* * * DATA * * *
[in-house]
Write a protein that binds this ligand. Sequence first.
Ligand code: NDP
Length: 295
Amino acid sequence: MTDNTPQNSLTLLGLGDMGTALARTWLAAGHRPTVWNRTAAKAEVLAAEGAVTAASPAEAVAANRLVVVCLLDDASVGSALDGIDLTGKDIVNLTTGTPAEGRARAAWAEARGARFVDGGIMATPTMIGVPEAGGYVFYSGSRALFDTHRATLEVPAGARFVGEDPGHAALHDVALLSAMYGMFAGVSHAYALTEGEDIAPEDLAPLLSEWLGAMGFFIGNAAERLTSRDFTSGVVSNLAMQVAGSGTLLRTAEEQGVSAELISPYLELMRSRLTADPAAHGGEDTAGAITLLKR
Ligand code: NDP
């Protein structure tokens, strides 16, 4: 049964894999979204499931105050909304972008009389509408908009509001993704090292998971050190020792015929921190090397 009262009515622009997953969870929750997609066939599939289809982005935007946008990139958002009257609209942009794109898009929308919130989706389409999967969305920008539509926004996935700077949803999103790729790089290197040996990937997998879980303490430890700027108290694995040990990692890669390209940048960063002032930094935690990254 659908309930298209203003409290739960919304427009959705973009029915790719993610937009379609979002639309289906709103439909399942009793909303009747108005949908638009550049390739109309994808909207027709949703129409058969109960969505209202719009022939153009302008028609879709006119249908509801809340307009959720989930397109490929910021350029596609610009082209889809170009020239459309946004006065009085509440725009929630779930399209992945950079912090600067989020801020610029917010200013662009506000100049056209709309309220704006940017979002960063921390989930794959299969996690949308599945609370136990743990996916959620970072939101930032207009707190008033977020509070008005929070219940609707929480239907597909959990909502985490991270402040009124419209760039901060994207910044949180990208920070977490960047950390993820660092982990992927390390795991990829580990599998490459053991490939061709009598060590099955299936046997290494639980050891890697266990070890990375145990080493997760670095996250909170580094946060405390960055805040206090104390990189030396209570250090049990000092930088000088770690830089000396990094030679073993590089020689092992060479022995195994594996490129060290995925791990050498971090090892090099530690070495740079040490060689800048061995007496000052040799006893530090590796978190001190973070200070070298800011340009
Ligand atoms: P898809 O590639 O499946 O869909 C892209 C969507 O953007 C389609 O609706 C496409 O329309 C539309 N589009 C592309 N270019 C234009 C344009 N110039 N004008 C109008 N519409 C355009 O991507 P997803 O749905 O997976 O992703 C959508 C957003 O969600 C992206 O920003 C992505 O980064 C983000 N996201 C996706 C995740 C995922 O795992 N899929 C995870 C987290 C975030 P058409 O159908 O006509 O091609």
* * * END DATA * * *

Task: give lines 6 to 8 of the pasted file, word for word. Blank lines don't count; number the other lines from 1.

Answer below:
Ligand code: NDP
């Protein structure tokens, strides 16, 4: 049964894999979204499931105050909304972008009389509408908009509001993704090292998971050190020792015929921190090397 009262009515622009997953969870929750997609066939599939289809982005935007946008990139958002009257609209942009794109898009929308919130989706389409999967969305920008539509926004996935700077949803999103790729790089290197040996990937997998879980303490430890700027108290694995040990990692890669390209940048960063002032930094935690990254 659908309930298209203003409290739960919304427009959705973009029915790719993610937009379609979002639309289906709103439909399942009793909303009747108005949908638009550049390739109309994808909207027709949703129409058969109960969505209202719009022939153009302008028609879709006119249908509801809340307009959720989930397109490929910021350029596609610009082209889809170009020239459309946004006065009085509440725009929630779930399209992945950079912090600067989020801020610029917010200013662009506000100049056209709309309220704006940017979002960063921390989930794959299969996690949308599945609370136990743990996916959620970072939101930032207009707190008033977020509070008005929070219940609707929480239907597909959990909502985490991270402040009124419209760039901060994207910044949180990208920070977490960047950390993820660092982990992927390390795991990829580990599998490459053991490939061709009598060590099955299936046997290494639980050891890697266990070890990375145990080493997760670095996250909170580094946060405390960055805040206090104390990189030396209570250090049990000092930088000088770690830089000396990094030679073993590089020689092992060479022995195994594996490129060290995925791990050498971090090892090099530690070495740079040490060689800048061995007496000052040799006893530090590796978190001190973070200070070298800011340009
Ligand atoms: P898809 O590639 O499946 O869909 C892209 C969507 O953007 C389609 O609706 C496409 O329309 C539309 N589009 C592309 N270019 C234009 C344009 N110039 N004008 C109008 N519409 C355009 O991507 P997803 O749905 O997976 O992703 C959508 C957003 O969600 C992206 O920003 C992505 O980064 C983000 N996201 C996706 C995740 C995922 O795992 N899929 C995870 C987290 C975030 P058409 O159908 O006509 O091609």